- Mining company Rio Tinto successfully operated a 62-mile test run of an autonomous train, operated at a distance in far away control rooms, The Wall Street Journal reported Monday.
- The test was overseen from Perth, Australia, more than 700 miles from Rio Tinto's mines in Pilbara. The self-driving trains are part of the company's AutoHaul project, which seeks to create the world's first "fully autonomous heavy-haul, long-distance rail network," according to the Journal.
- The triumphant run means the project is on track to enter force in late 2018. However, the company has seen long delays in testing, due to software problems and safety concerns. The pilot still required human operators in the train in case of emergency, and regulators have yet to approve a fully autonomous rail network.
Autonomous vehicles are on the horizon, but are other forms of transport also likely to become autonomous within the next five years?
Pilotless plane technology, though alarming to passengers, is closest to development, seeing as how most planes already rely on Autopilot. Ships are currently in the testing mode, and unlikely to undertake significant journeys until 2019, as regulations considering allowing the technology have yet to be amended. A shorter journey of less than 40 miles is planned by makers of the Yara Birkeland in 2018, though again, no legislation currently supports the technology.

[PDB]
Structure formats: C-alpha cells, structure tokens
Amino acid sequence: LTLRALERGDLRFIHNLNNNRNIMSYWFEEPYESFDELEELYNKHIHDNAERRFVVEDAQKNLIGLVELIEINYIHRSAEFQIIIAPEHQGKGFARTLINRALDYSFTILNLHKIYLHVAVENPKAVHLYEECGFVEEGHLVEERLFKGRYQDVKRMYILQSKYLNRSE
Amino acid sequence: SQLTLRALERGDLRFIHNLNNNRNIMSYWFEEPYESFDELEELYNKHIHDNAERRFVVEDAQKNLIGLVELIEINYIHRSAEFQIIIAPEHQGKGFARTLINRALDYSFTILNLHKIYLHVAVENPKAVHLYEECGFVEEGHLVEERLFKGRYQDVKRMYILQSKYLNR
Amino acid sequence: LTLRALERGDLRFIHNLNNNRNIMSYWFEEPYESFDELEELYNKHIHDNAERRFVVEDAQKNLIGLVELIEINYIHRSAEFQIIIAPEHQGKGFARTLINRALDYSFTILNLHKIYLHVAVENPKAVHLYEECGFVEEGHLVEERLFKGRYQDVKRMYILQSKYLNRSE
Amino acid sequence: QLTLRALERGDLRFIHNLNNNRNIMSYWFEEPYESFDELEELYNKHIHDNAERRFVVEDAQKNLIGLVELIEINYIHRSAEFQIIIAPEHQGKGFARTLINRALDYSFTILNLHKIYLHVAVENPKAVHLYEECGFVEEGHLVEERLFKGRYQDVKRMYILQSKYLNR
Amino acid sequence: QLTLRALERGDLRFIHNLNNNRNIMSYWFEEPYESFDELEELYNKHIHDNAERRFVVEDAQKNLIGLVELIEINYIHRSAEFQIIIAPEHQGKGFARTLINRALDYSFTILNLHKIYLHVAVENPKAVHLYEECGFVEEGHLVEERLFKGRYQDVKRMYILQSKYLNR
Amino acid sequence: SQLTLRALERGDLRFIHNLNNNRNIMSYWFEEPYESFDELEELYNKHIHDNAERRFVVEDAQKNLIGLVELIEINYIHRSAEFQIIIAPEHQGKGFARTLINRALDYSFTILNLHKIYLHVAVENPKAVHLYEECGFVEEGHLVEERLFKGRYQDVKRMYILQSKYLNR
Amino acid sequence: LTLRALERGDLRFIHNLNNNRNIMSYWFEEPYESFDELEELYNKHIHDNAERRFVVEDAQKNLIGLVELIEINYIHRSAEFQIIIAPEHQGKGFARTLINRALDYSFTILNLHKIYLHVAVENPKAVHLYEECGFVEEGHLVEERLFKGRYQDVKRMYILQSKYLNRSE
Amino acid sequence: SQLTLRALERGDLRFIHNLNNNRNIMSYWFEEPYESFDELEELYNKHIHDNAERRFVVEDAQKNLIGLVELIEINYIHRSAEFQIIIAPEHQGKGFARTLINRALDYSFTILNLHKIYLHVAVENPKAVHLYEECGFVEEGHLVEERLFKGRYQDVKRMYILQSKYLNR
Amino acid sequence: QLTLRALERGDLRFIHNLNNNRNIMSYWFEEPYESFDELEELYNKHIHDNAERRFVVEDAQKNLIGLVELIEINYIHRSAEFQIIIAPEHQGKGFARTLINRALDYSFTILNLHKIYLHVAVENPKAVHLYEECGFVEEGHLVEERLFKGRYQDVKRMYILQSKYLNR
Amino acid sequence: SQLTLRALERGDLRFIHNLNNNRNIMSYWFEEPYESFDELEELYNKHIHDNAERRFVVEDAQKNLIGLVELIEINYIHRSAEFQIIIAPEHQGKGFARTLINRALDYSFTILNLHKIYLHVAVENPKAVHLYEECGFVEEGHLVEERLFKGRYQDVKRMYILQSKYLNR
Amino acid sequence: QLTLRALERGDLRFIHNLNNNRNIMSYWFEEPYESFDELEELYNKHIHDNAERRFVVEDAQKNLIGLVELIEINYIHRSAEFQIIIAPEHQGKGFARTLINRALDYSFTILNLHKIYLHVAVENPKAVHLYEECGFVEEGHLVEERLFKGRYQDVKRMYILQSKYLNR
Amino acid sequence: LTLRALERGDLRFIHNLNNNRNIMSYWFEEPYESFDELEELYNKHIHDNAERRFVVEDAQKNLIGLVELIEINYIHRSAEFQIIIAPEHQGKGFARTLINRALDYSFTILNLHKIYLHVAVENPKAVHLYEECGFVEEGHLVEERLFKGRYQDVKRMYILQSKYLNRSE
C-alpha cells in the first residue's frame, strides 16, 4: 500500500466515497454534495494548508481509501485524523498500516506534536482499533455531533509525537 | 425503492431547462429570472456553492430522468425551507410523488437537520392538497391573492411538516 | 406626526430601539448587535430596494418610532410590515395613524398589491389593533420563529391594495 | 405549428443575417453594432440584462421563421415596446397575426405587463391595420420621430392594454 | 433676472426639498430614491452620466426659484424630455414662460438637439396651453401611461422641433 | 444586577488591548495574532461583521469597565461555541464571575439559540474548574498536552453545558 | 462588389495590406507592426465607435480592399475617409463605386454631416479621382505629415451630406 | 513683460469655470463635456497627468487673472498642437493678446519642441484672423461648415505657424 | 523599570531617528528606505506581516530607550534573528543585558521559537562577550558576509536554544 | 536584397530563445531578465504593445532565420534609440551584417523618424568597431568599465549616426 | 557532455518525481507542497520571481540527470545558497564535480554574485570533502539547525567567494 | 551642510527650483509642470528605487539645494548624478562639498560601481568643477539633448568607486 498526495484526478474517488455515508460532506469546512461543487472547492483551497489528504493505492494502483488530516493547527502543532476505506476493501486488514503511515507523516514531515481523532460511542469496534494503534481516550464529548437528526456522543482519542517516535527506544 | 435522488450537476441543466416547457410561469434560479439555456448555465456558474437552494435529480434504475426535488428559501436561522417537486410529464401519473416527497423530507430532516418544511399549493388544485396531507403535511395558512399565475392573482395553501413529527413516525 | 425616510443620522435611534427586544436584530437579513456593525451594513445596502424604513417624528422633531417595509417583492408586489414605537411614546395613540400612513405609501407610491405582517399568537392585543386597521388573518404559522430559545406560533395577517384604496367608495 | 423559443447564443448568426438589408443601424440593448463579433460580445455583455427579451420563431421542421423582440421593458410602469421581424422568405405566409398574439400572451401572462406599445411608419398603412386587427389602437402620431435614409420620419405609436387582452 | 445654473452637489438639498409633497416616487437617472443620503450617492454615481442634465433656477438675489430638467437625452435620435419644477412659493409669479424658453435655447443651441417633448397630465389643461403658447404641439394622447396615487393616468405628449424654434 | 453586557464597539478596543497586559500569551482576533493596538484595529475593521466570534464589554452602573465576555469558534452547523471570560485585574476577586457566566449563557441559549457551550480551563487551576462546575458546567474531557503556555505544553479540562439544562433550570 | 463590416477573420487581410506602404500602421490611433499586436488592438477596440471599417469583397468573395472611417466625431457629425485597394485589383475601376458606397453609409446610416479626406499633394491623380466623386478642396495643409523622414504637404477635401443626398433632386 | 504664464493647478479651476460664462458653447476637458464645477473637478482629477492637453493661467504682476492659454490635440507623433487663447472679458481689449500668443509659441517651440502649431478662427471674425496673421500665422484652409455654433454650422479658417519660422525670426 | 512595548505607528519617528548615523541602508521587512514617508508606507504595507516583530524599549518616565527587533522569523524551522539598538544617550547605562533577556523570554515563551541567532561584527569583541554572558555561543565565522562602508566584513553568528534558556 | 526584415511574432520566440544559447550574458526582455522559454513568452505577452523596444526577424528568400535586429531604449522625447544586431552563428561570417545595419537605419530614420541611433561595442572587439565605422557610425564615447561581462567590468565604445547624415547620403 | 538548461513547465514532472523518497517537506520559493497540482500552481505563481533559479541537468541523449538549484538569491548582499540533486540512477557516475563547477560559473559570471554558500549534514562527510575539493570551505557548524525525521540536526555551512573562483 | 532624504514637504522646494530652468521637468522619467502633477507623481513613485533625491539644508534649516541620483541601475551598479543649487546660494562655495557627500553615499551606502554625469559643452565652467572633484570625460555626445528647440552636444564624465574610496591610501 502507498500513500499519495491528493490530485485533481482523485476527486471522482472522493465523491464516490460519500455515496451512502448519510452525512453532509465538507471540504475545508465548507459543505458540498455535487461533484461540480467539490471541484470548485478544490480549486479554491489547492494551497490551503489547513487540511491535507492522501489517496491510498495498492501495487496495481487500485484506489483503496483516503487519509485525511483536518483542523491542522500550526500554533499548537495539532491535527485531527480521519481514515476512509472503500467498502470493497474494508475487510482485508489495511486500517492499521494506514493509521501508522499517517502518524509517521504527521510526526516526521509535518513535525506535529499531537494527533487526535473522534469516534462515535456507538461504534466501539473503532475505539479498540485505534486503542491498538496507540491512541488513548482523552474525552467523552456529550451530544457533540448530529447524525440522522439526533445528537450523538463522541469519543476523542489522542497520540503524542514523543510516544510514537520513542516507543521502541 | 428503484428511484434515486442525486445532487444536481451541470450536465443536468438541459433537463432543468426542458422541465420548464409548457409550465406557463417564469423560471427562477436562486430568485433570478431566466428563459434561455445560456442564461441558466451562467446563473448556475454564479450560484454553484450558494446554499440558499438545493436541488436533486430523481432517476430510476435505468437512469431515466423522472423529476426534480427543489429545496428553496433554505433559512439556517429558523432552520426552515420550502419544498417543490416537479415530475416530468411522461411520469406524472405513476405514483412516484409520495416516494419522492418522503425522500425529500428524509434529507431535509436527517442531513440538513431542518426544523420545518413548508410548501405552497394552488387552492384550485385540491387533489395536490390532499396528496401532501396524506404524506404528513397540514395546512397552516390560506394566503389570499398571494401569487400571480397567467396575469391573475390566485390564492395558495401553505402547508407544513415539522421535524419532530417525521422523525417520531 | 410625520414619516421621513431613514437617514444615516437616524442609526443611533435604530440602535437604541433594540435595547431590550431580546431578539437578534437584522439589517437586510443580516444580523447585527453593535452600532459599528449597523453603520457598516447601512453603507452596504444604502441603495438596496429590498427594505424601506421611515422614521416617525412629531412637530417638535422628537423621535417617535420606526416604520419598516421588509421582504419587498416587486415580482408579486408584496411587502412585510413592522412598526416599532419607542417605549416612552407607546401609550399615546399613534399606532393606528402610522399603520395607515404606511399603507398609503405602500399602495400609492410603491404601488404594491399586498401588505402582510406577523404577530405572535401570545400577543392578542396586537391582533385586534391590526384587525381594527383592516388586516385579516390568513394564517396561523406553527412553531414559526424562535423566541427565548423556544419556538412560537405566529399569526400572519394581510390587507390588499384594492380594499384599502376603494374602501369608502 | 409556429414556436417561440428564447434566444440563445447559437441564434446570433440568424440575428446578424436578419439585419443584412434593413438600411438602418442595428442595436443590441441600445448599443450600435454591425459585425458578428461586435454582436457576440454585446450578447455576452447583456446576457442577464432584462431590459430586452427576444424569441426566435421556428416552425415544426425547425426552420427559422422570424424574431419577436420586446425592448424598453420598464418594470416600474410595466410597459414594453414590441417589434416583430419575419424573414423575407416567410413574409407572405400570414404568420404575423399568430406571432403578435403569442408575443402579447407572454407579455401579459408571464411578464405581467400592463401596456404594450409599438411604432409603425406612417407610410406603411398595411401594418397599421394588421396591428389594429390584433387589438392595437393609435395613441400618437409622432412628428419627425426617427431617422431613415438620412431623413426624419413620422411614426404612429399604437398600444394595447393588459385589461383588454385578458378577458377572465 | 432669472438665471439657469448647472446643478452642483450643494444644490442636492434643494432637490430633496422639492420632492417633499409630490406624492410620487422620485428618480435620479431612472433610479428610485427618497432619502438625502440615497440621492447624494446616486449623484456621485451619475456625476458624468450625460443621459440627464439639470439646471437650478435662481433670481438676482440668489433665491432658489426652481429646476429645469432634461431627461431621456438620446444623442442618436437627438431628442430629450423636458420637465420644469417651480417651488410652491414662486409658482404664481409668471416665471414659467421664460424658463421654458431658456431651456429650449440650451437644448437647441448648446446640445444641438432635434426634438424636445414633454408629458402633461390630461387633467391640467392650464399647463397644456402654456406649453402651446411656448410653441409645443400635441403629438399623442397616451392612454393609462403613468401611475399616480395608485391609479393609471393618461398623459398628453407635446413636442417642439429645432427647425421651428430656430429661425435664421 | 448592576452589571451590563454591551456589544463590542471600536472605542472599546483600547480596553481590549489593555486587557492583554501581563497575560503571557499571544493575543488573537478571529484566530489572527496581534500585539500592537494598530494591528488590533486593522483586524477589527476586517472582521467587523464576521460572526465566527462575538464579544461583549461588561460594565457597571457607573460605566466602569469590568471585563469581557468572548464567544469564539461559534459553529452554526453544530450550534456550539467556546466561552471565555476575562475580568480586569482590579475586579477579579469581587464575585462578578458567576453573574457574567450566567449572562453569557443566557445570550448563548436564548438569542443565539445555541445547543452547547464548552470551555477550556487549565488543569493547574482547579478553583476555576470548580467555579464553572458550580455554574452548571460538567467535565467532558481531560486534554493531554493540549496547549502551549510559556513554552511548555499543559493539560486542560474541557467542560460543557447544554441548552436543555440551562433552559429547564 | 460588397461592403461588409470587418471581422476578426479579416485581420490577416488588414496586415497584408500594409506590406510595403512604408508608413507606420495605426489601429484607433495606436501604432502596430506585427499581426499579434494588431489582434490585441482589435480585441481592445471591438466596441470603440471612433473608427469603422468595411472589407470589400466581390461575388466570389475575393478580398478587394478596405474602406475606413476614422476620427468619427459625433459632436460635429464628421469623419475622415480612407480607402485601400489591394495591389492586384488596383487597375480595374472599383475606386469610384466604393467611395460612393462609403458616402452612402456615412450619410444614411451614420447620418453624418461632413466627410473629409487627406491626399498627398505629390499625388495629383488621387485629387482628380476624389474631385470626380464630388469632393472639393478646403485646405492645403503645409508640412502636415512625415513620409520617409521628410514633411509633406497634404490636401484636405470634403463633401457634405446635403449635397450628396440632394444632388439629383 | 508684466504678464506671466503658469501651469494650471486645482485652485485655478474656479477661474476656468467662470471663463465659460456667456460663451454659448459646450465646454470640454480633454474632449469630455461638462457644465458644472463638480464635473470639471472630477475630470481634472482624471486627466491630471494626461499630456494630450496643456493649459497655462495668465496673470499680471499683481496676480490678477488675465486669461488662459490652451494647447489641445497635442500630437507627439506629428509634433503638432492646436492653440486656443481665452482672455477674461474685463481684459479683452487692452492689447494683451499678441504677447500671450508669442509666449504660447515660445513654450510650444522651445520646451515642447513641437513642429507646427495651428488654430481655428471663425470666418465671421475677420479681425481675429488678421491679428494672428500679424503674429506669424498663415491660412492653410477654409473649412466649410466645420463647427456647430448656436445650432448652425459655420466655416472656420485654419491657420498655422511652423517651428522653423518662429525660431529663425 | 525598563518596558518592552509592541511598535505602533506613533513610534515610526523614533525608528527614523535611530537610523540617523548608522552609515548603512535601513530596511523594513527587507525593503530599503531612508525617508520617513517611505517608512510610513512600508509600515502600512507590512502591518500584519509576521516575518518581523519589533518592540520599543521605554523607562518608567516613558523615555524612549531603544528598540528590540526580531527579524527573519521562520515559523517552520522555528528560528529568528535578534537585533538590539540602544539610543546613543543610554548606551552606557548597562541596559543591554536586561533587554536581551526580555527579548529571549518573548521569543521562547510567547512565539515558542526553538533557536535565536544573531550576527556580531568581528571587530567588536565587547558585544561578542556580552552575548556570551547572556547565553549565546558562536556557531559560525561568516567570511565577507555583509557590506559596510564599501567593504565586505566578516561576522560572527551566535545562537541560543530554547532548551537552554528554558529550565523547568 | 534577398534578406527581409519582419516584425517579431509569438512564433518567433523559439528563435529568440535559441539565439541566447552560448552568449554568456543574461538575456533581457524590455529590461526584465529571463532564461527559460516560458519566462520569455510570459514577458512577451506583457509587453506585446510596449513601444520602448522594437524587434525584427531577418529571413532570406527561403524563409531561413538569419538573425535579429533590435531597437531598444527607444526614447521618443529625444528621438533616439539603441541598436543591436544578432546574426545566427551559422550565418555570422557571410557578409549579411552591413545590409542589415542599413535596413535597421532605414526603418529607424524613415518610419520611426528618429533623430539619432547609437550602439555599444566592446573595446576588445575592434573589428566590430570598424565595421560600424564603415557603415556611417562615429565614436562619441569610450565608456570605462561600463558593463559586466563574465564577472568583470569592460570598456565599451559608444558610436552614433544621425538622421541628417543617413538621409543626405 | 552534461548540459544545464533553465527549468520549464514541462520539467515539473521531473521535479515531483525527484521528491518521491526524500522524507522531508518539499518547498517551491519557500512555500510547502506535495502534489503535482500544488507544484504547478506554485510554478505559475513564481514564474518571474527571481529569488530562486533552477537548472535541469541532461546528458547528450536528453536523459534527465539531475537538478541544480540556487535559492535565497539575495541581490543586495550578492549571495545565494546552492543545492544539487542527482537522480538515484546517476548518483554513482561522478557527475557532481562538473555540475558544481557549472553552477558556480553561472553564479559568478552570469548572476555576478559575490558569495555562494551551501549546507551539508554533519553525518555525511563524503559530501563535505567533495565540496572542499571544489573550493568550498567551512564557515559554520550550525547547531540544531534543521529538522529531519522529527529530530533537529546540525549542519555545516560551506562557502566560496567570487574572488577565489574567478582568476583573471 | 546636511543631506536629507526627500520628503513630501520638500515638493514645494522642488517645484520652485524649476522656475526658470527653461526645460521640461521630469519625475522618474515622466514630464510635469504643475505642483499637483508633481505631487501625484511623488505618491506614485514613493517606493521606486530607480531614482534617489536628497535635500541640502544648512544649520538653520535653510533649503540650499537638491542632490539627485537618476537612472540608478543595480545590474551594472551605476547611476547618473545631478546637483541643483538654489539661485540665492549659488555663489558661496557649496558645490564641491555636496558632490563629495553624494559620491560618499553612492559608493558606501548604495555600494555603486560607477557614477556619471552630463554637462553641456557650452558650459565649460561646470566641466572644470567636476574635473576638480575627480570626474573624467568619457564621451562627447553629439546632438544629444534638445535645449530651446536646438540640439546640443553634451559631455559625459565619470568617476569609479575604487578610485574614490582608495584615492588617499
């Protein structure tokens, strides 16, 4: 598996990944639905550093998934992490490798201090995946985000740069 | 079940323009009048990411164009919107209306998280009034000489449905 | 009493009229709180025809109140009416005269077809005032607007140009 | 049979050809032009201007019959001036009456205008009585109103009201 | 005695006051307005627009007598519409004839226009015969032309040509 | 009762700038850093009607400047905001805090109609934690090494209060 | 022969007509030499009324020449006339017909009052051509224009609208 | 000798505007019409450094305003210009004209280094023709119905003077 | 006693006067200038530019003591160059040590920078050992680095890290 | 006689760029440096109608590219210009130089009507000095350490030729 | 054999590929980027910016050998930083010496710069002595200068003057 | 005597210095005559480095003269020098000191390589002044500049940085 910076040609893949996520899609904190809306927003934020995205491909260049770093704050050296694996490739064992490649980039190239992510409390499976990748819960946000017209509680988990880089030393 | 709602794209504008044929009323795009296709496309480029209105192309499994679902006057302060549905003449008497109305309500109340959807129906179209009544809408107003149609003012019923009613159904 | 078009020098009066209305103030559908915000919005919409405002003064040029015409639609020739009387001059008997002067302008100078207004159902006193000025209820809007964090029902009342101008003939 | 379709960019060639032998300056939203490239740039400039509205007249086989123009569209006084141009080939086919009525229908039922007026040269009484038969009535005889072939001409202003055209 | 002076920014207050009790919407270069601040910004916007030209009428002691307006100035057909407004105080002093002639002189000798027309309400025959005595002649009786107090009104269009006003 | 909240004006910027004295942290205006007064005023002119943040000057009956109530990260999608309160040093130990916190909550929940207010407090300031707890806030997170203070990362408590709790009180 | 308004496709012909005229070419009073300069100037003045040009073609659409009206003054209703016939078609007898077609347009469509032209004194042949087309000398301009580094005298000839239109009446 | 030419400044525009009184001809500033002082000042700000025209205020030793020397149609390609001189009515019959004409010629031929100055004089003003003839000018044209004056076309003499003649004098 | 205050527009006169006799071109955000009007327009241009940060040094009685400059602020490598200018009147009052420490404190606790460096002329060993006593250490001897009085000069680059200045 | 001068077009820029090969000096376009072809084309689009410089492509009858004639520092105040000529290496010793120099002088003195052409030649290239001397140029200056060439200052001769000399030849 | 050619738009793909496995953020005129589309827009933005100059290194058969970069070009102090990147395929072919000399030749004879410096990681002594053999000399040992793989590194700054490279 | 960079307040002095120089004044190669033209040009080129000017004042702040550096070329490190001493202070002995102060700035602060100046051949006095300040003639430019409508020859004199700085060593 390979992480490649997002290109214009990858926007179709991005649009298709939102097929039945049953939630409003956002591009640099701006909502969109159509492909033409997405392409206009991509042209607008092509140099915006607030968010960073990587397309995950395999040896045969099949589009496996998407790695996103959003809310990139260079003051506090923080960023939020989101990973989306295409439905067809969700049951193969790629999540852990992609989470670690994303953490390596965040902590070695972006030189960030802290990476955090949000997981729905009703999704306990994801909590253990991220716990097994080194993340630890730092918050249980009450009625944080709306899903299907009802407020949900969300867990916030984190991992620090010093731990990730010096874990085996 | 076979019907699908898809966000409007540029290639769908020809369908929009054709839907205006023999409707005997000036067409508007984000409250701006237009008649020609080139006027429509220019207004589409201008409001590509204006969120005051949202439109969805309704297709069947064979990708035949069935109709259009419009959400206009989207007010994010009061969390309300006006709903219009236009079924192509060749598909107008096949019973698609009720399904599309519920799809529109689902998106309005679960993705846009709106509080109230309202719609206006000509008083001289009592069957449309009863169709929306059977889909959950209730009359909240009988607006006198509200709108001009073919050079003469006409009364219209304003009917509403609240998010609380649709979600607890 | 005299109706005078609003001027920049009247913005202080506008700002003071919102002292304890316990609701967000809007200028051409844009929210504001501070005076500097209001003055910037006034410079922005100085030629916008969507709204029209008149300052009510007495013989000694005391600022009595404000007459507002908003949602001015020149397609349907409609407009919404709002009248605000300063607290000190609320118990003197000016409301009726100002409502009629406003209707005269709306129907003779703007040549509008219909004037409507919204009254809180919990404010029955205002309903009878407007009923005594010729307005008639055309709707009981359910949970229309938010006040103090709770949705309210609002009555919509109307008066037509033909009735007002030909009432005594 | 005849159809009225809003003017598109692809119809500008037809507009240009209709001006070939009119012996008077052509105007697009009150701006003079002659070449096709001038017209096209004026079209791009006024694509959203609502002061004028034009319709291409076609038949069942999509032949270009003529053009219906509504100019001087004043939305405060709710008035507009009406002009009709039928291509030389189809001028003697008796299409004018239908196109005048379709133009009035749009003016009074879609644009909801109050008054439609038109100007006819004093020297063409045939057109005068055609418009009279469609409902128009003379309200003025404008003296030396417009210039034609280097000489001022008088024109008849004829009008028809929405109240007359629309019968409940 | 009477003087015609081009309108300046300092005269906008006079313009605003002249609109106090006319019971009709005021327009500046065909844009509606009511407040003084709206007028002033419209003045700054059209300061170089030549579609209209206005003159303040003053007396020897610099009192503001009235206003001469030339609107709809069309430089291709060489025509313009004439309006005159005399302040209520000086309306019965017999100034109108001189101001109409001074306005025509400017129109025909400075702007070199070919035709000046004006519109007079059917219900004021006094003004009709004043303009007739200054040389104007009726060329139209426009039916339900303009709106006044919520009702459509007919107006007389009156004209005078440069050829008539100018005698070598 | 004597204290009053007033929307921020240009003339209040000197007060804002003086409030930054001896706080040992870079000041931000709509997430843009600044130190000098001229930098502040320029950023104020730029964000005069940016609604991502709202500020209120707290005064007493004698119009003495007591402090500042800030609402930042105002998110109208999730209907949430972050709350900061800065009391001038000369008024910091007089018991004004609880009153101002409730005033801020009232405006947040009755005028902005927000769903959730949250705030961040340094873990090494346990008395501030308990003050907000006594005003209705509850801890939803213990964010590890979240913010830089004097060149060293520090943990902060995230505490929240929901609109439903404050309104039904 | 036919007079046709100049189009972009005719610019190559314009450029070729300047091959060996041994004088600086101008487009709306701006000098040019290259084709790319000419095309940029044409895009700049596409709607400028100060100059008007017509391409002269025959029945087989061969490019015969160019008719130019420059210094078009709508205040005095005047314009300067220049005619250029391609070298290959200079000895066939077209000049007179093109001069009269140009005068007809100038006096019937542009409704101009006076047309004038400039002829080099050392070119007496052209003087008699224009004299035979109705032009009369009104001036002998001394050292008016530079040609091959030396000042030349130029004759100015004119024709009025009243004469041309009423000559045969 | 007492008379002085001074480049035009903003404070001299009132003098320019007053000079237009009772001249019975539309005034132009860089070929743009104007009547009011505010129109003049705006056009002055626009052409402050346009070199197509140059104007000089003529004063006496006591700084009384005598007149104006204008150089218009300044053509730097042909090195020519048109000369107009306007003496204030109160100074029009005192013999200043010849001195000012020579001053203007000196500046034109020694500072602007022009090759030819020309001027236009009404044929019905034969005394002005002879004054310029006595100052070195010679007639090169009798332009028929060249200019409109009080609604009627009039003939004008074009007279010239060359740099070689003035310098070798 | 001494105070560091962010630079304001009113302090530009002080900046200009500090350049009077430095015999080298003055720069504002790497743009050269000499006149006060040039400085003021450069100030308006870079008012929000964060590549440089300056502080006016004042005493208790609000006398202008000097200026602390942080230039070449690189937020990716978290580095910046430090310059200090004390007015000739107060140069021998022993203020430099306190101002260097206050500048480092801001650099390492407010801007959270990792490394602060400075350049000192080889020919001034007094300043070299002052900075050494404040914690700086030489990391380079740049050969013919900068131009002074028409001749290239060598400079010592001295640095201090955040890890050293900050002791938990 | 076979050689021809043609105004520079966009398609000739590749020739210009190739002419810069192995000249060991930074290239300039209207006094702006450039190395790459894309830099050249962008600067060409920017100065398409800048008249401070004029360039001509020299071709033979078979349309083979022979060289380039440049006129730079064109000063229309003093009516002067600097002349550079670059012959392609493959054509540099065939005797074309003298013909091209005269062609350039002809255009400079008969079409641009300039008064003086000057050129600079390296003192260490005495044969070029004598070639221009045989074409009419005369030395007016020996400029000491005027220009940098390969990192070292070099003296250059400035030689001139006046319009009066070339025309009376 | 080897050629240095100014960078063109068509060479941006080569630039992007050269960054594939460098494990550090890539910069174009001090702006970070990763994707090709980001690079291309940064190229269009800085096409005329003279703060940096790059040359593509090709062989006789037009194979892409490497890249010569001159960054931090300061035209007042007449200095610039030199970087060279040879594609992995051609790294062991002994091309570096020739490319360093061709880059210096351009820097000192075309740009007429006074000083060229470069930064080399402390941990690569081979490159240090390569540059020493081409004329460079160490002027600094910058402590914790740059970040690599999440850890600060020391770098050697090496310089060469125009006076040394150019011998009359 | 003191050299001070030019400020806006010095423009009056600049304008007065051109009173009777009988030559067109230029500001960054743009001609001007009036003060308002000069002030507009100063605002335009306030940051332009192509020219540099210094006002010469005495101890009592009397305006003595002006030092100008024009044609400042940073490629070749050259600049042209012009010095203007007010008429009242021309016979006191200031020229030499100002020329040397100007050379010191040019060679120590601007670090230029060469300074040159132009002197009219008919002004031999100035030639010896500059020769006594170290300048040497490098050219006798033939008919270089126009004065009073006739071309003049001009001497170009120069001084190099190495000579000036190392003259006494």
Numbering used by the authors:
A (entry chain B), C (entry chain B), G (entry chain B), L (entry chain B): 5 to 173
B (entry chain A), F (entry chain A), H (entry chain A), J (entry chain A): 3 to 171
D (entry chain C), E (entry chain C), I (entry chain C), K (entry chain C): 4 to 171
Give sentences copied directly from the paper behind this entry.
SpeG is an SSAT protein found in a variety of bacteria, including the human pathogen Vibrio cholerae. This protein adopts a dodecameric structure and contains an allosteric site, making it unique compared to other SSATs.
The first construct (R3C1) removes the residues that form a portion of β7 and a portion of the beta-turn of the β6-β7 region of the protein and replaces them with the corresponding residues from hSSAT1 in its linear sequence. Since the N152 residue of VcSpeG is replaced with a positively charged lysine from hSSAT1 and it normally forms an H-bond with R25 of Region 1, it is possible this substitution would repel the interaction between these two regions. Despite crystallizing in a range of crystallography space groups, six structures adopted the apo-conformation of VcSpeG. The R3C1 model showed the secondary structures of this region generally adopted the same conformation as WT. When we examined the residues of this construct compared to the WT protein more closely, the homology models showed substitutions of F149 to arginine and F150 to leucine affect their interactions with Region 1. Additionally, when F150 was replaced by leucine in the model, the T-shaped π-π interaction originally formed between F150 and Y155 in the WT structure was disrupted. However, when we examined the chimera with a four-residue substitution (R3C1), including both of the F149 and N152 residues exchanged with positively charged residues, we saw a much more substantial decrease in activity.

Freight and mining trains appear to be last on autonomous developer's minds. However, semi-barren landscapes such as those in Australia where the Rio Tinto operates are potentially ideal for such technology, since the population is low to nonexistent and errors are unlikely to impact people or dwellings.
In the U.S., however, trains often pass through or near residential or farm-heavy regions, where accidents could cause significant disruption. It's unlikely, therefore, that we'll be seeing self-running trains in the near future due to higher safety concerns, whether or not the technology exists for other countries with different conditions.